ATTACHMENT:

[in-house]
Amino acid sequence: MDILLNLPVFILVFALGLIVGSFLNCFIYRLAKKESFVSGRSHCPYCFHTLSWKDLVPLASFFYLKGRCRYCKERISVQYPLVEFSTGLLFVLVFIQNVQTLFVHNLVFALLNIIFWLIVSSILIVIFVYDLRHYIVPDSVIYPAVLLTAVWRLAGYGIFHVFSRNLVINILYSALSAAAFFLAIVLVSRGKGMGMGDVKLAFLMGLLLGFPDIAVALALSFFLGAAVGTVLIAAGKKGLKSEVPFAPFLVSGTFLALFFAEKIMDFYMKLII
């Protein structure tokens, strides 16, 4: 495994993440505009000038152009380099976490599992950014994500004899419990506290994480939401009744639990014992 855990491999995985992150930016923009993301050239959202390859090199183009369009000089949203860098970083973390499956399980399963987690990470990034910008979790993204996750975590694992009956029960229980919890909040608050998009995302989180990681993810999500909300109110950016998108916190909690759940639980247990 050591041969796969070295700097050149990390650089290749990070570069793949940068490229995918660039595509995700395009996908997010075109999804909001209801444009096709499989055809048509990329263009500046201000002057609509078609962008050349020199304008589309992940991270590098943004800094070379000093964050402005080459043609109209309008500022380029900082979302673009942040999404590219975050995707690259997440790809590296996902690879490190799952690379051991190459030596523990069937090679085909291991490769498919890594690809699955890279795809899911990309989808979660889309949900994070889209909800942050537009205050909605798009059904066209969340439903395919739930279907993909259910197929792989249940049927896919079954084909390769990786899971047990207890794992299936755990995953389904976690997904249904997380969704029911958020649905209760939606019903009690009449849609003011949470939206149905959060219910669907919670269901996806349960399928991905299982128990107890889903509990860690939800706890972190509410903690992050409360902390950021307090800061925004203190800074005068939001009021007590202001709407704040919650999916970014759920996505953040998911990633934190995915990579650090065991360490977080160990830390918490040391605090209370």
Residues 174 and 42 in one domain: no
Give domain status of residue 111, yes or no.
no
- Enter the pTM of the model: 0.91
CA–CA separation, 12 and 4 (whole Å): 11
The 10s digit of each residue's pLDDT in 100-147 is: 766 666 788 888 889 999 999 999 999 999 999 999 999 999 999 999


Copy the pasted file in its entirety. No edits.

[in-house]
Amino acid sequence: MDILLNLPVFILVFALGLIVGSFLNCFIYRLAKKESFVSGRSHCPYCFHTLSWKDLVPLASFFYLKGRCRYCKERISVQYPLVEFSTGLLFVLVFIQNVQTLFVHNLVFALLNIIFWLIVSSILIVIFVYDLRHYIVPDSVIYPAVLLTAVWRLAGYGIFHVFSRNLVINILYSALSAAAFFLAIVLVSRGKGMGMGDVKLAFLMGLLLGFPDIAVALALSFFLGAAVGTVLIAAGKKGLKSEVPFAPFLVSGTFLALFFAEKIMDFYMKLII
């Protein structure tokens, strides 16, 4: 495994993440505009000038152009380099976490599992950014994500004899419990506290994480939401009744639990014992 855990491999995985992150930016923009993301050239959202390859090199183009369009000089949203860098970083973390499956399980399963987690990470990034910008979790993204996750975590694992009956029960229980919890909040608050998009995302989180990681993810999500909300109110950016998108916190909690759940639980247990 050591041969796969070295700097050149990390650089290749990070570069793949940068490229995918660039595509995700395009996908997010075109999804909001209801444009096709499989055809048509990329263009500046201000002057609509078609962008050349020199304008589309992940991270590098943004800094070379000093964050402005080459043609109209309008500022380029900082979302673009942040999404590219975050995707690259997440790809590296996902690879490190799952690379051991190459030596523990069937090679085909291991490769498919890594690809699955890279795809899911990309989808979660889309949900994070889209909800942050537009205050909605798009059904066209969340439903395919739930279907993909259910197929792989249940049927896919079954084909390769990786899971047990207890794992299936755990995953389904976690997904249904997380969704029911958020649905209760939606019903009690009449849609003011949470939206149905959060219910669907919670269901996806349960399928991905299982128990107890889903509990860690939800706890972190509410903690992050409360902390950021307090800061925004203190800074005068939001009021007590202001709407704040919650999916970014759920996505953040998911990633934190995915990579650090065991360490977080160990830390918490040391605090209370």
Residues 174 and 42 in one domain: no
Give domain status of residue 111, yes or no.
no
- Enter the pTM of the model: 0.91
CA–CA separation, 12 and 4 (whole Å): 11
The 10s digit of each residue's pLDDT in 100-147 is: 766 666 788 888 889 999 999 999 999 999 999 999 999 999 999 999